Opening our minds

Rural Alberta has a drug problem.

Anyone who has spent any time in a courtroom can see that. In case after case, guilty pleas come along with remarks on drug use and addiction — usually alcohol, meth, fentanyl and other chemicals that wreak havoc on bodies and minds.

Why do people do this?

Despite stereotypes, it’s generally not about people trying to avoid being a productive member of society.

Sometimes, people will just do anything to escape themselves.

Anyone who has done any kind of drug — whether alcohol, legal painkillers or street drugs — knows that it can be an release, a rush that pulls you away from the horrors of your own mind. For a little while, anyway.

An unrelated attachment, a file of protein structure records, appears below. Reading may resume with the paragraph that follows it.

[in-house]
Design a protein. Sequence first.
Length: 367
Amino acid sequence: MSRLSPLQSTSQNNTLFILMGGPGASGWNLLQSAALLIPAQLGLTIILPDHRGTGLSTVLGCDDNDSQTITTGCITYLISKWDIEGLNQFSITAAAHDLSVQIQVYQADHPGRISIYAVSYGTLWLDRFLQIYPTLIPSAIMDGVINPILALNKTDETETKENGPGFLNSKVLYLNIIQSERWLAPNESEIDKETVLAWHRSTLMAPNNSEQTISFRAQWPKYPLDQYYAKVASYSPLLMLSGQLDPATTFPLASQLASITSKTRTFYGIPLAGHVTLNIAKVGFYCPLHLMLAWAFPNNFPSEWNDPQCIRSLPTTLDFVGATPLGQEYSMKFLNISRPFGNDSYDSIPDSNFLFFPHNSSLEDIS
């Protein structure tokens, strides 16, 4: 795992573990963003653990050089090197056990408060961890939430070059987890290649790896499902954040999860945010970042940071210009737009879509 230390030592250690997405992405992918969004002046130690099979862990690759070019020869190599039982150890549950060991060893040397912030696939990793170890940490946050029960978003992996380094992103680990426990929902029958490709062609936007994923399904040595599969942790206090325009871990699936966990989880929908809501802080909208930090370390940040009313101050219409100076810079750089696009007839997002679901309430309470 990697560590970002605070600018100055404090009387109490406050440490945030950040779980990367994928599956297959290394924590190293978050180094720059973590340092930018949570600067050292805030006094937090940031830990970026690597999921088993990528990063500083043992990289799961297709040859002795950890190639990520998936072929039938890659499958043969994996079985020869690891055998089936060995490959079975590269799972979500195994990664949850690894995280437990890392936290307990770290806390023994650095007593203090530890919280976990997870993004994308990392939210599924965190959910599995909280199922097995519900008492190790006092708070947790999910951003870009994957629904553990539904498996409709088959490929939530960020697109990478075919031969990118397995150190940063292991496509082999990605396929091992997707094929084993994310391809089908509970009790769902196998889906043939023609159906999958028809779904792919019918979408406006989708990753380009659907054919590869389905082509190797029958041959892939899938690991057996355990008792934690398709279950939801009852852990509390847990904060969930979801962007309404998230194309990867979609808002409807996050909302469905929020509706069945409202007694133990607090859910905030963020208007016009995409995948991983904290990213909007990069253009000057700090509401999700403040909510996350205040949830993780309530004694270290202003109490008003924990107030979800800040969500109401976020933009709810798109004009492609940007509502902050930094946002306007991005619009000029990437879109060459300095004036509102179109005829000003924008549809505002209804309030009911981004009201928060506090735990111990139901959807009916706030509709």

When the high wears off, you’re alone again, facing the pain that only hid behind a façade of dopamine and serotonin. Enter the police, the lawyers, the judges. The arrests and charges, prison sentences and probation.

The justice system should not be dealing with the drug problem. It’s our mental health system that needs support, especially in rural areas of the province. And it’s our view of people who use the mental health system.

I’ll be honest — I see a counsellor. Once a month, I go discuss what’s going on in my head.

I have no problem being open about it. I hope that it will help someone else be open about their own issues and seek help rather than using drugs in unhealthy ways.

Published in the Town & Country, November 14, 2017

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